A person may experience a rash from wearing a pad during their period. Causes of pad rash include friction and an allergic reaction to the pad.
In this article, we discuss the most likely causes of pad rash. We also cover the diagnosis, treatment, and prevention of the rash.
There are several potential causes of a rash due to wearing a pad. They include friction, an allergic reaction to the pad’s materials, and irritation from heat and moisture.
Wearing a sanitary pad can cause friction from movement, resulting in a rash. According to the Center for Young Women’s Health, walking, running, and other forms of physical activity can cause the pad to move back and forward and contribute to a friction rash on the vulva.
A person can try wearing a smaller pad to help minimize its movement.
Contact dermatitis is a term that healthcare professionals use to describe an allergic skin reaction. A person may develop pad rash from various materials or chemicals that come into contact with the vulva. A sanitary pad comprises several materials that can cause irritation, including adhesives and, in some cases, added fragrances.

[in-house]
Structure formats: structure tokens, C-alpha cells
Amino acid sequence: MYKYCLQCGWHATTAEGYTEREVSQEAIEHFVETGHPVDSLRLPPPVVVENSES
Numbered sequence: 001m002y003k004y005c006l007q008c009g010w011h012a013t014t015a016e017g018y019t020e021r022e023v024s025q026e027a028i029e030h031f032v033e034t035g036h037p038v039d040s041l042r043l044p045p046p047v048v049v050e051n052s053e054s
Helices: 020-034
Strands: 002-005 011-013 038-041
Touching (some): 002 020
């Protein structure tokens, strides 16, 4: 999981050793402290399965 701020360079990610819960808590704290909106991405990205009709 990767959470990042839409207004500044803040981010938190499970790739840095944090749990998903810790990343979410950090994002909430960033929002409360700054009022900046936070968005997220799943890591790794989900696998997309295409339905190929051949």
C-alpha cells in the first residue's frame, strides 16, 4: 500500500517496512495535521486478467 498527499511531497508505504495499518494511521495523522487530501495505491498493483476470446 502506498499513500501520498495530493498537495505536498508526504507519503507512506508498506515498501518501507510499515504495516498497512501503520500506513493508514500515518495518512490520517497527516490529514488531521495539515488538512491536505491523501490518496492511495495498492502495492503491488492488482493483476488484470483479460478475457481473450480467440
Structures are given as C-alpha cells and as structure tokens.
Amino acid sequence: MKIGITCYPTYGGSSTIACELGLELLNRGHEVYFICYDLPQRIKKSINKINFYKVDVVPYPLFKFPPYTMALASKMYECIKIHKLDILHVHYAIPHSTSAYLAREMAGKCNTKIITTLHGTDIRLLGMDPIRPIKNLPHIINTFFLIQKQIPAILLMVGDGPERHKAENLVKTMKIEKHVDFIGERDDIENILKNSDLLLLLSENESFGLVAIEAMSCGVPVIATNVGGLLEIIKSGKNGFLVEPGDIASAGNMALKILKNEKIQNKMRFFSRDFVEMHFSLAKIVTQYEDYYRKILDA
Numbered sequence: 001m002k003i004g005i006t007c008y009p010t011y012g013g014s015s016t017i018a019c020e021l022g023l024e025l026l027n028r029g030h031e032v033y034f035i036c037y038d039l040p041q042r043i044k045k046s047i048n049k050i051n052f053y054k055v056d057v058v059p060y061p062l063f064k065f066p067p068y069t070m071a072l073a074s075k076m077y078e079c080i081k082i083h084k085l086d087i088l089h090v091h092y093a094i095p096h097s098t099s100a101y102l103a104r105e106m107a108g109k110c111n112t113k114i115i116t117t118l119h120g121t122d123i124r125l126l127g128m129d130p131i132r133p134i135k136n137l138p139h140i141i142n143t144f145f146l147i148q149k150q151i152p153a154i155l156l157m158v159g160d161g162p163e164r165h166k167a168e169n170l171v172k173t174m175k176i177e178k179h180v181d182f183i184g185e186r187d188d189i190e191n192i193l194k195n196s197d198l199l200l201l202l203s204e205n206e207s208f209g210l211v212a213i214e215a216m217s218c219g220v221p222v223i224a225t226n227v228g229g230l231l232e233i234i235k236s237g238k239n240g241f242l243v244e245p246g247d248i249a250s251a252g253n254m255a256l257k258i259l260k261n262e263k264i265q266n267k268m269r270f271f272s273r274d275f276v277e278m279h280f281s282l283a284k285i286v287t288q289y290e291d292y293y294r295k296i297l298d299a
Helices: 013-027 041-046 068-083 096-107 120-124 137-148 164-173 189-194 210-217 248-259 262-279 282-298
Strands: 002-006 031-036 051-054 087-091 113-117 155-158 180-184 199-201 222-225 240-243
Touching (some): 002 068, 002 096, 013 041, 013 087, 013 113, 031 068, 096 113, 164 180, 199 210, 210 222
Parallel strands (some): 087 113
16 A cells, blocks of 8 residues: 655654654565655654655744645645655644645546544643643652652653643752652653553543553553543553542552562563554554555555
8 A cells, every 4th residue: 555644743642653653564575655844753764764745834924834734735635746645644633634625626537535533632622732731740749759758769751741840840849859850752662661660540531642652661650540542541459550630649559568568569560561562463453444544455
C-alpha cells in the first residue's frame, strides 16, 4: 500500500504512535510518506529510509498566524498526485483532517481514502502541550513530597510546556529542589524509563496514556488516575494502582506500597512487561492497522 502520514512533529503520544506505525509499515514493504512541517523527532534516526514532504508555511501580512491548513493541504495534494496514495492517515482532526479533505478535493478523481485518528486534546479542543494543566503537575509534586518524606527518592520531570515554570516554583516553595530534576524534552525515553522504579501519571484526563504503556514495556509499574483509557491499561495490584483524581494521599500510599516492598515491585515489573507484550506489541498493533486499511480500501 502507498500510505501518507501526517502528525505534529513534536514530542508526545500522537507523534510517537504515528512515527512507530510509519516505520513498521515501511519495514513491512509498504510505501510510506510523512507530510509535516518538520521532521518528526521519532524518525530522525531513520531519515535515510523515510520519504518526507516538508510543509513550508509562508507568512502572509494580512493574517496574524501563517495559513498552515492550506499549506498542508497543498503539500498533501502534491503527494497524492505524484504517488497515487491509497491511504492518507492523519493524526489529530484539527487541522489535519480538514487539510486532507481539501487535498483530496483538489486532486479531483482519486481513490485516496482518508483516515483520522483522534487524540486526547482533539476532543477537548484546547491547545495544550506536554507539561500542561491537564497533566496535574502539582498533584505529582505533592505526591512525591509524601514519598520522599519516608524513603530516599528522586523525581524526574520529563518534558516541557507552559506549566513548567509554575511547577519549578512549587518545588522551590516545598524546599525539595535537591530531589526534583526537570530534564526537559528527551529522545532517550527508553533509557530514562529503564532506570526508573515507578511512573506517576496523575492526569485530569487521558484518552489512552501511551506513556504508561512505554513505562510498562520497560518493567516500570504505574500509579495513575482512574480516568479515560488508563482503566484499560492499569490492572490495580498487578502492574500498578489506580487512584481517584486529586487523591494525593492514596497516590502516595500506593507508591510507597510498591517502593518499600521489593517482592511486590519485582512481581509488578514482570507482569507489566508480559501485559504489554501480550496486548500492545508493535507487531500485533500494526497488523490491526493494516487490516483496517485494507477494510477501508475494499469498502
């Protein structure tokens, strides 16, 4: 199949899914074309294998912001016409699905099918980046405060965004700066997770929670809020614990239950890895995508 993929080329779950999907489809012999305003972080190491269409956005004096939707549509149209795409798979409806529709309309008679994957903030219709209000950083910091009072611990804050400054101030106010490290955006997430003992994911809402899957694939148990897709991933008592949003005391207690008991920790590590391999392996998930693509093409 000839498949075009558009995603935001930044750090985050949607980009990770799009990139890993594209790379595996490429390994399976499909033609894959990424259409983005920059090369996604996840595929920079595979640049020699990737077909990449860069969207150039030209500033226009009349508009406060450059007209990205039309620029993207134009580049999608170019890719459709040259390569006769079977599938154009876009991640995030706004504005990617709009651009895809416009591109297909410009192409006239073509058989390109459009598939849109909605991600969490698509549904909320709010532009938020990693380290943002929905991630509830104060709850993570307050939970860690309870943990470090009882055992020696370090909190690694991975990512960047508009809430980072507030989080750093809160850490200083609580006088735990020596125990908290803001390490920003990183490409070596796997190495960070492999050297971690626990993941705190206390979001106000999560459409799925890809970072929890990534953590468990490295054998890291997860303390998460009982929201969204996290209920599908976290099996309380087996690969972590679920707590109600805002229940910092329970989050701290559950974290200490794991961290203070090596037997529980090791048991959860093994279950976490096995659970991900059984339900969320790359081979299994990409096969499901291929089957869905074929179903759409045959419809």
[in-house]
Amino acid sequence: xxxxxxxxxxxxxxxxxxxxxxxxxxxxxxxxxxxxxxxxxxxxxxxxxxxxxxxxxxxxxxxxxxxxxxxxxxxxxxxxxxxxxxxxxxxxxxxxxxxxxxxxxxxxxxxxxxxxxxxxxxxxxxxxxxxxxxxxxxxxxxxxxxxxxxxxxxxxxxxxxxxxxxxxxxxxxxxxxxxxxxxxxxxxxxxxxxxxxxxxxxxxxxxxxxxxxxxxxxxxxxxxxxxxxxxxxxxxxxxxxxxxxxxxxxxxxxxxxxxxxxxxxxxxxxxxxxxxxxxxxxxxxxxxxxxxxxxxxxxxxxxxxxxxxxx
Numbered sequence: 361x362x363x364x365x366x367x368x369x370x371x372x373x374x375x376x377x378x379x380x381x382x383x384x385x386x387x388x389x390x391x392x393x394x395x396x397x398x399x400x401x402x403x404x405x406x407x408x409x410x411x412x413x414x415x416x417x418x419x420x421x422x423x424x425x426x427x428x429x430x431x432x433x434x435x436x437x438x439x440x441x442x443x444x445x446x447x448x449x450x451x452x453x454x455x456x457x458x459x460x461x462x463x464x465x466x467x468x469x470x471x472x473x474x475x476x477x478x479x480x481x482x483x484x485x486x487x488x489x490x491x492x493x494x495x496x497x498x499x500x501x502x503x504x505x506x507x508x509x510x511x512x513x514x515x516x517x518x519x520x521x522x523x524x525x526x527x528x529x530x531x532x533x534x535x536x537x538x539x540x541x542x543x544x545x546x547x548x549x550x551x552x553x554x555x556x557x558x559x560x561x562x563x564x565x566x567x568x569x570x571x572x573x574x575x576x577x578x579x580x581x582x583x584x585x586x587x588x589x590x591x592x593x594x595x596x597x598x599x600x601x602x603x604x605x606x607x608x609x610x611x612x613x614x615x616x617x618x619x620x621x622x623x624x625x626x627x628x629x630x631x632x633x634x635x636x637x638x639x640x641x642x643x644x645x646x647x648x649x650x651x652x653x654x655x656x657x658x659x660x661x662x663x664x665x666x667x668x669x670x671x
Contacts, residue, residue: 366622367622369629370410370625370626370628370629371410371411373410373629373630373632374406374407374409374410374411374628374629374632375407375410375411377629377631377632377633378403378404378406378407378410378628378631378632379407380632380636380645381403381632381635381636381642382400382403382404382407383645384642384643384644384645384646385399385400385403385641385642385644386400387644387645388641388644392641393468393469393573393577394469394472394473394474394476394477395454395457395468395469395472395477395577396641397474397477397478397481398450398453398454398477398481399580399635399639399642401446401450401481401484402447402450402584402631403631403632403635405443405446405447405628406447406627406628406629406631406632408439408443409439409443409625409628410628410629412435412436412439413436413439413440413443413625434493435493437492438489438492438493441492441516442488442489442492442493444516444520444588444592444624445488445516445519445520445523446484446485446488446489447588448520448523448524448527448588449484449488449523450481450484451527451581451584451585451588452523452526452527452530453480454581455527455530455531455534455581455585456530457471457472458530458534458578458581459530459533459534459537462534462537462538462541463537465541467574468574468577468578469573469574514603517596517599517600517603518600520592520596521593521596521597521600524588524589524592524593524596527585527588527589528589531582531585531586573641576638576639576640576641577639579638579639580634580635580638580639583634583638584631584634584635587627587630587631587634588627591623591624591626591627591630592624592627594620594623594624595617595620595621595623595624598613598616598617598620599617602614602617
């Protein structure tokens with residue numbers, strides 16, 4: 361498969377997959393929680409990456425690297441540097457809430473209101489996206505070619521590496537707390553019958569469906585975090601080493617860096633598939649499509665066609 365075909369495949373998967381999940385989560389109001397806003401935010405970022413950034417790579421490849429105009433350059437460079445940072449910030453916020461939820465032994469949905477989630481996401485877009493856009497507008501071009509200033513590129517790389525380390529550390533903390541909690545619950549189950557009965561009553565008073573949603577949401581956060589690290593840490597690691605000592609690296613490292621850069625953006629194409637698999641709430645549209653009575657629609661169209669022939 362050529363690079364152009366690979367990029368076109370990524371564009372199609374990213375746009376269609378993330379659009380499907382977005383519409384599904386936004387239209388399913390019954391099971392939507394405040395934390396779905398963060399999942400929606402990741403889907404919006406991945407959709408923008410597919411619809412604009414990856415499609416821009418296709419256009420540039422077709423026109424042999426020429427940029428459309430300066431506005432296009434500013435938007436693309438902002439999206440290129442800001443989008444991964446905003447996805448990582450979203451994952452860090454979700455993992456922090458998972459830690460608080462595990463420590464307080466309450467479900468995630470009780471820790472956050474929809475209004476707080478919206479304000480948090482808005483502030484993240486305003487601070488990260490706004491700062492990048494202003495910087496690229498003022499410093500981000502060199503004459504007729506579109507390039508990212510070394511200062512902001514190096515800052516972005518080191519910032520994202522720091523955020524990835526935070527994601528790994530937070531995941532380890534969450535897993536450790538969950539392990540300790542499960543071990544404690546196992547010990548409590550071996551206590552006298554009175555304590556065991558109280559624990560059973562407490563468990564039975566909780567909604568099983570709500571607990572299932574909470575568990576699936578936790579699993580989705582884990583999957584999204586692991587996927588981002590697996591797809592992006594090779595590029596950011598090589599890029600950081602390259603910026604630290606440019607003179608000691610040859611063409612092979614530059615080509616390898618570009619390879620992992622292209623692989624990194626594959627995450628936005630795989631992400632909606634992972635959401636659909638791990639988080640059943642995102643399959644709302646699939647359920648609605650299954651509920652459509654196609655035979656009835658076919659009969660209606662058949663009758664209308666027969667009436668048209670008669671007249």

People with sensitive skin may find that they react to certain types of sanitary towels due to the pad’s materials. In these cases, switching brands may help prevent future rashes.
Heat and moisture
The purpose of a sanitary pad is to trap and collect menstrual fluids as they exit the vagina. The trapped moisture and heat can irritate the vulva and cause a rash.
Several irritants relating to pads and underwear could cause a rash on the vulva. These include:
- adhesives in panty liners
- nylon underwear
Infrequent pad changes
It is important that people change their sanitary pad regularly throughout the day. Allowing it to fill up and remain against the vulva can cause a rash to develop.
People should choose a pad that matches their period flow. If a person buys a pad for a heavy flow, but they only experience a light flow, they may think that they do not have to change the pad as often.